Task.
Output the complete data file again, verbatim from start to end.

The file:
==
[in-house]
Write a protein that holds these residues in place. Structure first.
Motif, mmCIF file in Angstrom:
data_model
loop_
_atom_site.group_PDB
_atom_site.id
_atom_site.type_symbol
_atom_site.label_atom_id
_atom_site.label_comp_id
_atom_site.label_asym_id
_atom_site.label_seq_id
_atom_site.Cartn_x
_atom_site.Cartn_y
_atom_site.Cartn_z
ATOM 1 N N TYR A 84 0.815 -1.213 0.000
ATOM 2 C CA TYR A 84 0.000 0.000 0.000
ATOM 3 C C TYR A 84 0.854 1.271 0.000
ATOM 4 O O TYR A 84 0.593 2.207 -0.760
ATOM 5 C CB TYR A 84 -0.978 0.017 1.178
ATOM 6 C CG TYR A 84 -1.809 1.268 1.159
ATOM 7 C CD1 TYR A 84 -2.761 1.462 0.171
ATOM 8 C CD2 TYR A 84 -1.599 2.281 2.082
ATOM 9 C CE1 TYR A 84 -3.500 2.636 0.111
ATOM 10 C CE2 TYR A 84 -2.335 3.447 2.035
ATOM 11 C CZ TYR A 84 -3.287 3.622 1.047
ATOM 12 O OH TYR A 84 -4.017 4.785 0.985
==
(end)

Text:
[in-house]
Write a protein that holds these residues in place. Structure first.
Motif, mmCIF file in Angstrom:
data_model
loop_
_atom_site.group_PDB
_atom_site.id
_atom_site.type_symbol
_atom_site.label_atom_id
_atom_site.label_comp_id
_atom_site.label_asym_id
_atom_site.label_seq_id
_atom_site.Cartn_x
_atom_site.Cartn_y
_atom_site.Cartn_z
ATOM 1 N N TYR A 84 0.815 -1.213 0.000
ATOM 2 C CA TYR A 84 0.000 0.000 0.000
ATOM 3 C C TYR A 84 0.854 1.271 0.000
ATOM 4 O O TYR A 84 0.593 2.207 -0.760
ATOM 5 C CB TYR A 84 -0.978 0.017 1.178
ATOM 6 C CG TYR A 84 -1.809 1.268 1.159
ATOM 7 C CD1 TYR A 84 -2.761 1.462 0.171
ATOM 8 C CD2 TYR A 84 -1.599 2.281 2.082
ATOM 9 C CE1 TYR A 84 -3.500 2.636 0.111
ATOM 10 C CE2 TYR A 84 -2.335 3.447 2.035
ATOM 11 C CZ TYR A 84 -3.287 3.622 1.047
ATOM 12 O OH TYR A 84 -4.017 4.785 0.985